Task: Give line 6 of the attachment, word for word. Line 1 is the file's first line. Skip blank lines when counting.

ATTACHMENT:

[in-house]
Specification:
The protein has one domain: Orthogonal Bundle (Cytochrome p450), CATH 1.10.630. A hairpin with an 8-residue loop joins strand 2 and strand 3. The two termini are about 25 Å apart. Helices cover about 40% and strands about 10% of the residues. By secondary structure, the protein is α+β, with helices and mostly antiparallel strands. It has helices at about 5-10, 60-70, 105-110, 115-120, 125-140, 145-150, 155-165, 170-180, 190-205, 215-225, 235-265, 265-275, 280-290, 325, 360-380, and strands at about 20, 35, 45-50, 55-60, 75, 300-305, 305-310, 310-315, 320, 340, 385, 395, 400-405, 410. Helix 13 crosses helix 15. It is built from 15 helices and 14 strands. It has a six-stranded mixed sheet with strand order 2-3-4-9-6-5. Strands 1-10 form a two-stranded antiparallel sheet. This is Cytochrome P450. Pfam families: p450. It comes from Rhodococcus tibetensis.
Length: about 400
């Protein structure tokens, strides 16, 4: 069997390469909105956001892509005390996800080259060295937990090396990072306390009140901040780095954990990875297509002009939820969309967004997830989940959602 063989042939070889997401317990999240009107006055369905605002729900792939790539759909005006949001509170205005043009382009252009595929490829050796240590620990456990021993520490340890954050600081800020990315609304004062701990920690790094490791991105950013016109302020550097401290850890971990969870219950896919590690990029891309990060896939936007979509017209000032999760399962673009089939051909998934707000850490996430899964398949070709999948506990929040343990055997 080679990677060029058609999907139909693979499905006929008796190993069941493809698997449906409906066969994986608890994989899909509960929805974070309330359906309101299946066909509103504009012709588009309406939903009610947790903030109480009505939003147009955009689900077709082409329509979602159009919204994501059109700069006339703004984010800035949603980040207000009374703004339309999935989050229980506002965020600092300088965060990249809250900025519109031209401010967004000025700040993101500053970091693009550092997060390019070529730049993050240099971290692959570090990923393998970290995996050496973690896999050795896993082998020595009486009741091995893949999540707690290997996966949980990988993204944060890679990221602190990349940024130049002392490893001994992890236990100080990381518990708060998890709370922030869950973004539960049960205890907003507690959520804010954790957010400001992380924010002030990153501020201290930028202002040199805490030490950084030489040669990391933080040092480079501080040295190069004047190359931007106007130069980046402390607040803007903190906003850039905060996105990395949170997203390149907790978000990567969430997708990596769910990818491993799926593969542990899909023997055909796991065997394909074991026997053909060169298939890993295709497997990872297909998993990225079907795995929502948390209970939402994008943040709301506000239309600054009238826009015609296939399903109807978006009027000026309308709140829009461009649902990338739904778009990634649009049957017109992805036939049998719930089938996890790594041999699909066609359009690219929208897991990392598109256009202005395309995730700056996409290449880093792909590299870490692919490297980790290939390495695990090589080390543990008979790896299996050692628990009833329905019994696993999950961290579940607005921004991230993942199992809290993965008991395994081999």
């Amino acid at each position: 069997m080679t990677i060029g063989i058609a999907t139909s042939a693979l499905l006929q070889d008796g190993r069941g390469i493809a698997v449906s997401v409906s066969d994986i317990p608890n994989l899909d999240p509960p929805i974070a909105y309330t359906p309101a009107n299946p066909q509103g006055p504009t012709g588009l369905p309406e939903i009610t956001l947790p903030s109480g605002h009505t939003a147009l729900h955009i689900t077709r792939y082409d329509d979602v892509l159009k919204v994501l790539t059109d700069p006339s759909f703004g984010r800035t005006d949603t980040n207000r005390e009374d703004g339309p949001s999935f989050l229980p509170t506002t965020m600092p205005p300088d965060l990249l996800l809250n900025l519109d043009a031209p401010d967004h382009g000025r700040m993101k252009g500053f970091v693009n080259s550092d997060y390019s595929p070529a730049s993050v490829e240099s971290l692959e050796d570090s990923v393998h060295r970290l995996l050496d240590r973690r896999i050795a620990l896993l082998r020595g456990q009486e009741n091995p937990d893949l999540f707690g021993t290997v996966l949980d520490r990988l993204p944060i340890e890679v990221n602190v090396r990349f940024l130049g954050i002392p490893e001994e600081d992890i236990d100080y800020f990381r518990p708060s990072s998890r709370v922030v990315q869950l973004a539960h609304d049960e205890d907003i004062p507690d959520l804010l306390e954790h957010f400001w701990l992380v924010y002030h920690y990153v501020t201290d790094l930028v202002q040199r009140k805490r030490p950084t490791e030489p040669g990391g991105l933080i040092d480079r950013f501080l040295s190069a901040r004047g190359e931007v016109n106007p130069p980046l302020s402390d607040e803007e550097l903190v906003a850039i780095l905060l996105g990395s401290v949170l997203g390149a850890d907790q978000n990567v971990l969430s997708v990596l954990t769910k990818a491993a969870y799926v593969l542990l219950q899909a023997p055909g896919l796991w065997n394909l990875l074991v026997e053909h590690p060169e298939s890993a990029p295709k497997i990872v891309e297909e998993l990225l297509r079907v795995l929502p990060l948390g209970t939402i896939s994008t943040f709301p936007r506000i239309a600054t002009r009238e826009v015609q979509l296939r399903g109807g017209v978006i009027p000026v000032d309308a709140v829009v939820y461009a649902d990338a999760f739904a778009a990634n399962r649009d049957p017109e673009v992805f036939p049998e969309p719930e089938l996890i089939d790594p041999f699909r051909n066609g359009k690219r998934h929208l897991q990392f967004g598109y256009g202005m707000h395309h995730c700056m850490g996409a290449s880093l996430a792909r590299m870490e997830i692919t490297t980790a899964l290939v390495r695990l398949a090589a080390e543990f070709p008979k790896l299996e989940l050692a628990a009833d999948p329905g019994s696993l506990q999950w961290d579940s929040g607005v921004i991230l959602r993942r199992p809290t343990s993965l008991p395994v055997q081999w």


């Amino acid at each position: 069997m080679t990677i060029g063989i058609a999907t139909s042939a693979l499905l006929q070889d008796g190993r069941g390469i493809a698997v449906s997401v409906s066969d994986i317990p608890n994989l899909d999240p509960p929805i974070a909105y309330t359906p309101a009107n299946p066909q509103g006055p504009t012709g588009l369905p309406e939903i009610t956001l947790p903030s109480g605002h009505t939003a147009l729900h955009i689900t077709r792939y082409d329509d979602v892509l159009k919204v994501l790539t059109d700069p006339s759909f703004g984010r800035t005006d949603t980040n207000r005390e009374d703004g339309p949001s999935f989050l229980p509170t506002t965020m600092p205005p300088d965060l990249l996800l809250n900025l519109d043009a031209p401010d967004h382009g000025r700040m993101k252009g500053f970091v693009n080259s550092d997060y390019s595929p070529a730049s993050v490829e240099s971290l692959e050796d570090s990923v393998h060295r970290l995996l050496d240590r973690r896999i050795a620990l896993l082998r020595g456990q009486e009741n091995p937990d893949l999540f707690g021993t290997v996966l949980d520490r990988l993204p944060i340890e890679v990221n602190v090396r990349f940024l130049g954050i002392p490893e001994e600081d992890i236990d100080y800020f990381r518990p708060s990072s998890r709370v922030v990315q869950l973004a539960h609304d049960e205890d907003i004062p507690d959520l804010l306390e954790h957010f400001w701990l992380v924010y002030h920690y990153v501020t201290d790094l930028v202002q040199r009140k805490r030490p950084t490791e030489p040669g990391g991105l933080i040092d480079r950013f501080l040295s190069a901040r004047g190359e931007v016109n106007p130069p980046l302020s402390d607040e803007e550097l903190v906003a850039i780095l905060l996105g990395s401290v949170l997203g390149a850890d907790q978000n990567v971990l969430s997708v990596l954990t769910k990818a491993a969870y799926v593969l542990l219950q899909a023997p055909g896919l796991w065997n394909l990875l074991v026997e053909h590690p060169e298939s890993a990029p295709k497997i990872v891309e297909e998993l990225l297509r079907v795995l929502p990060l948390g209970t939402i896939s994008t943040f709301p936007r506000i239309a600054t002009r009238e826009v015609q979509l296939r399903g109807g017209v978006i009027p000026v000032d309308a709140v829009v939820y461009a649902d990338a999760f739904a778009a990634n399962r649009d049957p017109e673009v992805f036939p049998e969309p719930e089938l996890i089939d790594p041999f699909r051909n066609g359009k690219r998934h929208l897991q990392f967004g598109y256009g202005m707000h395309h995730c700056m850490g996409a290449s880093l996430a792909r590299m870490e997830i692919t490297t980790a899964l290939v390495r695990l398949a090589a080390e543990f070709p008979k790896l299996e989940l050692a628990a009833d999948p329905g019994s696993l506990q999950w961290d579940s929040g607005v921004i991230l959602r993942r199992p809290t343990s993965l008991p395994v055997q081999w």